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Editor,—Several cases of iatrogenic keratectasia have been reported after laser in situ keratomileusis (LASIK).1-4 Until now, there has been no report of keratectasia after phototherapeutic keratectomy (PTK), presumably because PTK employs less laser ablation of the corneal stroma than LASIK. Previous studies demonstrated that thickness of the residual stromal bed is critical in the development of this complication.134
We describe a case of progressive corneal ectasia following PTK for the treatment of band keratopathy. Even though the residual corneal thickness was greater than 500 μm, the patient developed steepening of the cornea, irregular astigmatism, and progressive myopia.
A 76 year old woman was referred to Miyata Eye Hospital for the treatment of bilateral band keratopathy. She had no apparent systemic or ocular disorders related to the development of band keratopathy, such as uveitis, long term use of miotics, hypercalcaemia, chronic renal disease, tuberculosis, or connective tissue diseases. The best spectacle corrected visual acuity (BSCVA) was 6/20 in the right eye with a refraction of cyl −1.5 dioptres (D) and 8/20 in the left eye with +1.5 D cyl +1.0 D. The central corneal thickness measured with the ultrasound pachymeter (UP-2000, Nidek Co, Ltd, Aichi, Japan) was 541 μm and 540 μm in the right and left eyes, respectively. PTK was performed on the right eye with Star excimer laser system version 2.50 (Visx, Inc, Santa Clara, CA, USA). Using the transepithelial technique, 200 pulses were applied to ablate 48 μm of the cornea. The treatment zone was 6 mm in diameter with a 0.7 mm transition zone. A soft contact lens was worn for 3 days following the procedure. The re-epithelialisation was complete within the first postoperative week. One month after surgery, BSCVA was 20/20 with −3.5 D and corneal thickness was 517 μm. By the third month after surgery, BSCVA deteriorated to 10/20 with a spectacle lens of −10.0 D. At 6 months after surgery, BSCVA was 10/20 with −10.0 D and the central corneal thickness was 513 μm. The colour coded maps of the videokeratography (TMS-2, Computed Anatomy Inc, New York, NY, USA) obtained serially after surgery showed progressive keratectasia in the central area (Fig1). The scanning slit corneal topography (Orbscan, Orbtek, Inc, Salt Lake City, UT, USA) taken 6 months after surgery revealed a marked elevation of the posterior surface in the central area, indicating anterior protrusion of the central cornea (Fig 2). Since then, the anterior and posterior topographies did not show apparent progression during the observation period up to 1 year after PTK.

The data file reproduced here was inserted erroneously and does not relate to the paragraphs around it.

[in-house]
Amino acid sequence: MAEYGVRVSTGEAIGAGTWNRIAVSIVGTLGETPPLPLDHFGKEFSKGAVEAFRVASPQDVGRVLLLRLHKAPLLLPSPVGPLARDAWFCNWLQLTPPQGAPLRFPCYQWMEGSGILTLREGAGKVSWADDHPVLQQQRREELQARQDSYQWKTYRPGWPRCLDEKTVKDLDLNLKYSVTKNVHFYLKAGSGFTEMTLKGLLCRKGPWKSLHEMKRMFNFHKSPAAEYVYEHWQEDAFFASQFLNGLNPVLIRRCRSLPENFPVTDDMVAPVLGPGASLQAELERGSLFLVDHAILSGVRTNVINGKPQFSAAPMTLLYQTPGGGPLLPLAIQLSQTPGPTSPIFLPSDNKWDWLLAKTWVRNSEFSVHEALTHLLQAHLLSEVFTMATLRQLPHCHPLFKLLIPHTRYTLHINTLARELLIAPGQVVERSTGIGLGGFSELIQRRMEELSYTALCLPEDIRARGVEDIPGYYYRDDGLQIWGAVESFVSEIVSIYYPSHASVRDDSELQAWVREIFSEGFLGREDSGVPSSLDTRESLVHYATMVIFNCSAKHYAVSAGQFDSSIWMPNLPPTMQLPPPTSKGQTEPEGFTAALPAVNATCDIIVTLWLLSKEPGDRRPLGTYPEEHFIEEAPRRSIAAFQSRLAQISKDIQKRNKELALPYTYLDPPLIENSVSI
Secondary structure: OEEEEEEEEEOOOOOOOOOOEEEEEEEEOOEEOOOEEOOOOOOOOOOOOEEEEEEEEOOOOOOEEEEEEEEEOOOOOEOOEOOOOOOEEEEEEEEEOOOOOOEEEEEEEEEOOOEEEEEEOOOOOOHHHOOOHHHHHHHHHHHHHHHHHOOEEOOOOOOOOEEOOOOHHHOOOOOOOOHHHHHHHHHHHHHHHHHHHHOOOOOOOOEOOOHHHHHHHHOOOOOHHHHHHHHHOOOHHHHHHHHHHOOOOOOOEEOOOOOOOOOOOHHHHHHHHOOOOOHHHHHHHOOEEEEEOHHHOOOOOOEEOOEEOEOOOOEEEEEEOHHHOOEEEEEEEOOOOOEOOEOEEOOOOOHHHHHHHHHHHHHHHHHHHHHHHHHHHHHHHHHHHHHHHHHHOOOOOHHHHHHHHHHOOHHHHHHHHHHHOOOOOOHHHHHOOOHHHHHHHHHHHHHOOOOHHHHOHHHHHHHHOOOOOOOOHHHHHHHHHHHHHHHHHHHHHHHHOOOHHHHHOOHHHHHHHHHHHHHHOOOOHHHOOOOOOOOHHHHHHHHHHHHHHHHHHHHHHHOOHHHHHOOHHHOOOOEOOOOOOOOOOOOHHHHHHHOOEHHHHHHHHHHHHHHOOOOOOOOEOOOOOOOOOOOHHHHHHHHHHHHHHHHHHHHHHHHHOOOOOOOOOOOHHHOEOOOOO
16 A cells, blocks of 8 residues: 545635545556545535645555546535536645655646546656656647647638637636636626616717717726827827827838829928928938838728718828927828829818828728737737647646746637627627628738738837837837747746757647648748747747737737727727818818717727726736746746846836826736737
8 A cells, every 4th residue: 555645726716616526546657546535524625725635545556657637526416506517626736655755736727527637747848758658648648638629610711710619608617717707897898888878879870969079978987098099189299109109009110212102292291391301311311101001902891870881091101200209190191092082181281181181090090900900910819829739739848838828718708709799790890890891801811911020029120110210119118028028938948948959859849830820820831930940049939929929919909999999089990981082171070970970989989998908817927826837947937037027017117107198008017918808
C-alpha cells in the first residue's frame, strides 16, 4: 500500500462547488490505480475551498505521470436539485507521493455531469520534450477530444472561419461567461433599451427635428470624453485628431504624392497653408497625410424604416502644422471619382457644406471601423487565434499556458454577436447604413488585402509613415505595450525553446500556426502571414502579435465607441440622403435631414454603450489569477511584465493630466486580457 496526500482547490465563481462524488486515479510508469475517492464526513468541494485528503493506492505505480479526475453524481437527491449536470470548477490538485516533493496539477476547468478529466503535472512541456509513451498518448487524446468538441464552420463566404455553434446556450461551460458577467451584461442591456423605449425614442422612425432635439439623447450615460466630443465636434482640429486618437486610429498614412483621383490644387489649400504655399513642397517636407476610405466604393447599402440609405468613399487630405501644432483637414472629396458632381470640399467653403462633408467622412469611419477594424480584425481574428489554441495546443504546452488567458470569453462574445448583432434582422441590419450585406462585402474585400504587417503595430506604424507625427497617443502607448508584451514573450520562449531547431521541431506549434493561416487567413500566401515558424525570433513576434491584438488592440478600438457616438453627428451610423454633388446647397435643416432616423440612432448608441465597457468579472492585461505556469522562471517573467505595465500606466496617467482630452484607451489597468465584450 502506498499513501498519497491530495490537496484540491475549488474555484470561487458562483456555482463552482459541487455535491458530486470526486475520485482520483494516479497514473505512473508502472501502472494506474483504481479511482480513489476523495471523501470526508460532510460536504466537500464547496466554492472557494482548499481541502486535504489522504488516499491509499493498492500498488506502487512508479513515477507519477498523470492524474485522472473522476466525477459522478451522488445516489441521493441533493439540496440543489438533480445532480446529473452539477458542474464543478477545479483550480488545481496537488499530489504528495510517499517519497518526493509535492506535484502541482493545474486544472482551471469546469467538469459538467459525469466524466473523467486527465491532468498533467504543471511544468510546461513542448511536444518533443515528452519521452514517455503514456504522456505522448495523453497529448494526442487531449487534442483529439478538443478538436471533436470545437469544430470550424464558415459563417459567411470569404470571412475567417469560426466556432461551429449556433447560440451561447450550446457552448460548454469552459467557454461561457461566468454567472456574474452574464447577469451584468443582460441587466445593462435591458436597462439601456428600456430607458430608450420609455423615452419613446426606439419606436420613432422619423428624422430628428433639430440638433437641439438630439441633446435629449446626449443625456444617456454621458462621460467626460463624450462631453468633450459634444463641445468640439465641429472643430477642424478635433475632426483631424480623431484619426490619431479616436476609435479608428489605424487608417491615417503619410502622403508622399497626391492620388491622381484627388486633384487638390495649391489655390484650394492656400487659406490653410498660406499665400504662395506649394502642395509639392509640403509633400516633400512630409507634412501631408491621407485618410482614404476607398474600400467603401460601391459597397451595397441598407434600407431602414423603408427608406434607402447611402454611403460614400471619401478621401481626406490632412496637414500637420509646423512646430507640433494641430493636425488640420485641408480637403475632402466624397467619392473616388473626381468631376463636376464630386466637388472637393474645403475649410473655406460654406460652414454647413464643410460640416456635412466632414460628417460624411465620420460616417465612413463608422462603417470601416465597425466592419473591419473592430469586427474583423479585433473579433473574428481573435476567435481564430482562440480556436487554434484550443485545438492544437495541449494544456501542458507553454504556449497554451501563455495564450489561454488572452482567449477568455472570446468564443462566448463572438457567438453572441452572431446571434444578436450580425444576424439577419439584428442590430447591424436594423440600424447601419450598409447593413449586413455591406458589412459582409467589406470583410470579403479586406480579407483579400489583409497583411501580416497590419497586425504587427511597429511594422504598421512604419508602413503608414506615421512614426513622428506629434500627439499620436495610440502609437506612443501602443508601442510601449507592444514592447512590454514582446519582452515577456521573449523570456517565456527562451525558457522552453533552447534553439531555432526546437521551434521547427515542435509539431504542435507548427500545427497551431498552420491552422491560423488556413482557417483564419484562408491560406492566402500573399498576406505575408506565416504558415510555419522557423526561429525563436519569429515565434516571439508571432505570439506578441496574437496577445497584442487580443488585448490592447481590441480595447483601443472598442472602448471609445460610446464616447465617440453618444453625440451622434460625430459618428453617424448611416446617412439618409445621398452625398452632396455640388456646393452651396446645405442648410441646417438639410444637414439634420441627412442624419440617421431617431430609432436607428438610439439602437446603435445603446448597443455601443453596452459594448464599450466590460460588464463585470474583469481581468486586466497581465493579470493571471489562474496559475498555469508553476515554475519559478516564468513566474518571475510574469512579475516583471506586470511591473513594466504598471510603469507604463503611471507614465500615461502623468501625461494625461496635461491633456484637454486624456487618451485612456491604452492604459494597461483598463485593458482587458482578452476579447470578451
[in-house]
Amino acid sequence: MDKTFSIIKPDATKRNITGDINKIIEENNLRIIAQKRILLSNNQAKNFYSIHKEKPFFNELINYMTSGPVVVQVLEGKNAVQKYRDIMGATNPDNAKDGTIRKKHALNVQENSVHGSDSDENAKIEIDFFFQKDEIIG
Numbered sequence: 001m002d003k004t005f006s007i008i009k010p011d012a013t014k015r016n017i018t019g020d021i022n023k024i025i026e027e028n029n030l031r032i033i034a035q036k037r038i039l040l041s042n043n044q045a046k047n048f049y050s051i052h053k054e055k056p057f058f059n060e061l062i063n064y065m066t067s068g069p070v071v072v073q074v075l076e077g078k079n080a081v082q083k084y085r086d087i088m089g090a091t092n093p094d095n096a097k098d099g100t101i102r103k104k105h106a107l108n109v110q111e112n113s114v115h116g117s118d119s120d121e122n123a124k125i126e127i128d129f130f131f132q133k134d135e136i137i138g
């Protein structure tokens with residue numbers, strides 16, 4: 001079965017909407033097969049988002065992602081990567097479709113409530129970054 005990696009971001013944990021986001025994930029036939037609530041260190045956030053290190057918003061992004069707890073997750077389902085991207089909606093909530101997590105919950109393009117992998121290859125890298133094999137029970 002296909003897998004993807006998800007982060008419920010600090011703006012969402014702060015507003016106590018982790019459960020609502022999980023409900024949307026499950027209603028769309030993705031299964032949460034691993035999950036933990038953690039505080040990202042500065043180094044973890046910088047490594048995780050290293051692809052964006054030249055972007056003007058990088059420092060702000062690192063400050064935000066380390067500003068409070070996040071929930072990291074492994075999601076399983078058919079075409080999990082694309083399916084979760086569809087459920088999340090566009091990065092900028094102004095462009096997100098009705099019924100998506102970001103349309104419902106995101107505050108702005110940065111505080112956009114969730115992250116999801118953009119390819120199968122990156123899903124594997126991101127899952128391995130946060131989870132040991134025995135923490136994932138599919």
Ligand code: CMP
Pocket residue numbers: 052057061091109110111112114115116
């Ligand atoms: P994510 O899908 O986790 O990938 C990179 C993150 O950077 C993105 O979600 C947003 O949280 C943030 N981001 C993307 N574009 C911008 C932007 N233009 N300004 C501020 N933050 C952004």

This is the first documentation of iatrogenic keratectasia after PTK. In LASIK, the minimum thickness of the residual stromal bed to avoid corneal ectasia has been claimed to be 250–300 μm,134 approximately corresponding to the postoperative total corneal thickness of 400–450 μm. The postoperative corneal thickness in the current patient was greater than 500 μm. Moreover, it has been postulated that the risk of keratectasia following surface excimer laser surgery might be lower than that following LASIK because of the relatively thicker effective stress bearing corneal stroma after surgery.45Nevertheless, this patient demonstrated keratectasia as evidenced by steepening of the cornea, irregular astigmatism, and progressive myopia. It seems that the histopathological changes due to band keratopathy had already compromised the tensile strength of the cornea6 and the laser ablation further weakened the tissue to the degree that progressive ectasia ensued. The age of patient might have played a part. It was suggested that the safety limit of residual corneal thickness in normal eyes may not directly apply to diseased corneas.
None of the authors has a proprietary interest in any material or method mentioned here.
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